Another question, yes I know I need babying... lol: how many references should I have, and what kind? I have 2 at the moment, a 3rd just offered, are personal references worth a damn or should I just do all professional ones-- I have worked alongside all of them, although one of them I am good friends with...

    Sorry for the baby-level questions, I have never really had to do real resume like this...except for uni, and even then that wasn't the same...

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    Quote Originally Posted by Highschoolvolunteer View Post
    Yeah, these jobs don't close till the end of March, but I know atleast my #1 had that early-consideration date...

    Another question, yes I know I need babying... lol: how many references should I have, and what kind? I have 2 at the moment, a 3rd just offered, are personal references worth a damn or should I just do all professional ones-- I have worked alongside all of them, although one of them I am good friends with...

    Sorry for the baby-level questions, I have never really had to do real resume like this...except for uni, and even then that wasn't the same...
    do not put your girlfriend, next door neighbor, teacher or the like, I like to hear from firefighters or people you have worked with

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    From my experience it's your previous supervisors they'll be interested in talking to.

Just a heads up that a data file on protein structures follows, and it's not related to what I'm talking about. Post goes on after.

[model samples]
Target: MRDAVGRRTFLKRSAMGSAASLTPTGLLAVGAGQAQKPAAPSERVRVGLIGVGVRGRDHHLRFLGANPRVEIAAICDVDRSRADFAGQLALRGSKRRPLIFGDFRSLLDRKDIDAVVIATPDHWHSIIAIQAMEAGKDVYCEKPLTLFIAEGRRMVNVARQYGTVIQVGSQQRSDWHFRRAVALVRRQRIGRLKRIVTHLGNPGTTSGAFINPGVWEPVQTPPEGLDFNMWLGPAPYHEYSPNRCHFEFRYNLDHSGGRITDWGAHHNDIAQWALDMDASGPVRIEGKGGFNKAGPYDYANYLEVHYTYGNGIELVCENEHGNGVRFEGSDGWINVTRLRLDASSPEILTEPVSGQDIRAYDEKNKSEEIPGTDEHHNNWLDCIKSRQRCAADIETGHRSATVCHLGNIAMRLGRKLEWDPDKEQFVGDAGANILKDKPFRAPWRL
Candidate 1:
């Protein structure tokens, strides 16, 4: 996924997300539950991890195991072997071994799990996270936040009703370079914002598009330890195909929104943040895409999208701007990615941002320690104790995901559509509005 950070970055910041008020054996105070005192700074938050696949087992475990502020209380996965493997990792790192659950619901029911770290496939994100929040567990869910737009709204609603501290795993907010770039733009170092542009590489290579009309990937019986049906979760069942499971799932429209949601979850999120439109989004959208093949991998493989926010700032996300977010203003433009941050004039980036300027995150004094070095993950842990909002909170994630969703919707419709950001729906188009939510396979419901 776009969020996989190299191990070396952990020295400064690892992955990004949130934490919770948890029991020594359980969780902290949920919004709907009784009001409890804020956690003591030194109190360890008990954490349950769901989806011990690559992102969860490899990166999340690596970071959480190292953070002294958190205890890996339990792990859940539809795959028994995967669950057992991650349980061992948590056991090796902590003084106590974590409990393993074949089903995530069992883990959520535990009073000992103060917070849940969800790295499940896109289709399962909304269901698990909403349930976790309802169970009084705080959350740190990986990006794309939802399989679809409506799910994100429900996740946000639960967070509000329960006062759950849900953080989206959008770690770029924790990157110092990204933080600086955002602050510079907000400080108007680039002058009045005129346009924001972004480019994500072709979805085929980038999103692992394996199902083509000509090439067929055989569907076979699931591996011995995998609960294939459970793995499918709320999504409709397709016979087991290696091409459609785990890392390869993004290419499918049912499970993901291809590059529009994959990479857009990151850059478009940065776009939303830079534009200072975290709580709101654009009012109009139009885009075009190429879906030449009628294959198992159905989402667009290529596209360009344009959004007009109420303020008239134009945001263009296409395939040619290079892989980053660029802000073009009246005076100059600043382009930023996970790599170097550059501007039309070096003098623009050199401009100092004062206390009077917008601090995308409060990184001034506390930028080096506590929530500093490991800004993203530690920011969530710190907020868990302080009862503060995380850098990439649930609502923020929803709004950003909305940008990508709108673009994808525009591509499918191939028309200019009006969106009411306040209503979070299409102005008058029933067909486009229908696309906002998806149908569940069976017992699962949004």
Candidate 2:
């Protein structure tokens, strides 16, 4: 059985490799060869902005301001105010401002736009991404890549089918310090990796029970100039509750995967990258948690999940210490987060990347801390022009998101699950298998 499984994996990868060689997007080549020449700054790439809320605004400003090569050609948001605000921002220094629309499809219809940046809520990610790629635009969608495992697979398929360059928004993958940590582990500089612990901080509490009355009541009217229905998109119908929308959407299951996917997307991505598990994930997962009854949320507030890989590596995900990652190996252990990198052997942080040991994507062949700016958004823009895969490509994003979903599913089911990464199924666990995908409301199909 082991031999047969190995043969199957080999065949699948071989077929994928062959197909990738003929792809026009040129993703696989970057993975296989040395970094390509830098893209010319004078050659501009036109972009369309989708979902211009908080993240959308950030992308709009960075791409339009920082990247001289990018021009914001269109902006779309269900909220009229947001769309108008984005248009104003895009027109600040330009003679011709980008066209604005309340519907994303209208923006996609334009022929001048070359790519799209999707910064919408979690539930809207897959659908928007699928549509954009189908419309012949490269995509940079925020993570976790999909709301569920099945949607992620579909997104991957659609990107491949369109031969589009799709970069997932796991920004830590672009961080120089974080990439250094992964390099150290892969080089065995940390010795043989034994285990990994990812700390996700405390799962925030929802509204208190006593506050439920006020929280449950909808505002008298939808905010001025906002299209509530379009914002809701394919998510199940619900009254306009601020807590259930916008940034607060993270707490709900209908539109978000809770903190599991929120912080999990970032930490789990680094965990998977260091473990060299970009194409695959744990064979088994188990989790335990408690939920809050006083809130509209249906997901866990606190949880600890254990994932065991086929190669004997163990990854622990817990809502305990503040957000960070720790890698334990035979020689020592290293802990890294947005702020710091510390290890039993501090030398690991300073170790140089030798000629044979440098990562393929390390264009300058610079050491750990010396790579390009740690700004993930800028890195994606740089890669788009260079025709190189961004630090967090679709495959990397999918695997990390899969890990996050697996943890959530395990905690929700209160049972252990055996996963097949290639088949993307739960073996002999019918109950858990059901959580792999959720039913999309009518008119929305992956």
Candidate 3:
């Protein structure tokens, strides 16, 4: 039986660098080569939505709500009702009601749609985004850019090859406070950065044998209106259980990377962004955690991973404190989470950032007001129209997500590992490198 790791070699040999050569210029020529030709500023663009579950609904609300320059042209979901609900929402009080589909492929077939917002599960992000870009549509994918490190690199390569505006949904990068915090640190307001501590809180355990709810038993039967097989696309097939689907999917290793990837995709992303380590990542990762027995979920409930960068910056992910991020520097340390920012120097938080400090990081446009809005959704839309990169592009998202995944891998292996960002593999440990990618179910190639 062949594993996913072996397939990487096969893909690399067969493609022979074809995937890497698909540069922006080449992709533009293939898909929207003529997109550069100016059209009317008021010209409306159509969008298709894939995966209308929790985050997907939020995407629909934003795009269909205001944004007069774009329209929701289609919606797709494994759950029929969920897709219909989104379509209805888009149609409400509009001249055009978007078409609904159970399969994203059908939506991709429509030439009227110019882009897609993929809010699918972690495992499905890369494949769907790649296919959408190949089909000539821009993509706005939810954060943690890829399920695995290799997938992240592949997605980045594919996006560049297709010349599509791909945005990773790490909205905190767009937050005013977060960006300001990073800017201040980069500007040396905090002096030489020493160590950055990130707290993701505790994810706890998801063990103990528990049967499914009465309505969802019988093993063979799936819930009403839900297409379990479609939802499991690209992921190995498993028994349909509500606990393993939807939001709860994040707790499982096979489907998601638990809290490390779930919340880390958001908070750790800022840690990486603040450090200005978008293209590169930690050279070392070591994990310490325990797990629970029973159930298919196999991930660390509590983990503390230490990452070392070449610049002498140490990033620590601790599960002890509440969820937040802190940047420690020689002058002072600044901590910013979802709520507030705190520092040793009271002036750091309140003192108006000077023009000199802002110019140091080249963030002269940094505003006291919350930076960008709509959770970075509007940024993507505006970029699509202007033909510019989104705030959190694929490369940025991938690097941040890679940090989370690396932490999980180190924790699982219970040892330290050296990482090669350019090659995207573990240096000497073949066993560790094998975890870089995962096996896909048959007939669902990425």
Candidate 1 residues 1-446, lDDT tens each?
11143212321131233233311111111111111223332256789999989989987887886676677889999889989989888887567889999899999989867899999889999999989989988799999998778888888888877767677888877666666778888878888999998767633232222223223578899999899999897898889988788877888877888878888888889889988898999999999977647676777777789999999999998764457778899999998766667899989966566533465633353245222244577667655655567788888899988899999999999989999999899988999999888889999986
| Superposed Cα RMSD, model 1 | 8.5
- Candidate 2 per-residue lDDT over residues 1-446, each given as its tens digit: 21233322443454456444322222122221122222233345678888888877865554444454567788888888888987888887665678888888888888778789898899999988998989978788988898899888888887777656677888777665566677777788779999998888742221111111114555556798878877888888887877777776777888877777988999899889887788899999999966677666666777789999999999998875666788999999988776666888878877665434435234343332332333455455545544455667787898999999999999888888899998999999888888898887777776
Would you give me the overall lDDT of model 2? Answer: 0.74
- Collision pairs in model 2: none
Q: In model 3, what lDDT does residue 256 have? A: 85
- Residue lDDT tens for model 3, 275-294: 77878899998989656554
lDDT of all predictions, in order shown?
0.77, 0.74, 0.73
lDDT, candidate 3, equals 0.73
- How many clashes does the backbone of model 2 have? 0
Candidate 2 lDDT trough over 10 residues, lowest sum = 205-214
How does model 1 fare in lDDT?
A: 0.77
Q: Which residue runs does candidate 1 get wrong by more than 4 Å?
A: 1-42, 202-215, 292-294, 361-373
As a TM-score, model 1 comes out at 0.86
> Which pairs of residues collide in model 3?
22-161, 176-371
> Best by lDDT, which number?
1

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    Quote Originally Posted by fire49 View Post
    do not put your girlfriend, next door neighbor, teacher or the like, I like to hear from firefighters or people you have worked with
    These are all firefighters... one of which was my Chief. Can I put my cat down as a reference? lol
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    I'm a bit late to this, but you have already received some very good advice.

    As far as making your resume look good, have somebody read over it who has fairly decent writing skills. It might seem trivial to worry about spelling and grammar when you are being hired to push dirt, but having a resume that looks like it was written in crayon will put you in the not this year pile.

    Take the time to explain your work history. You don't need to write a book, but give enough that someone reading it will understand what kind of work you do.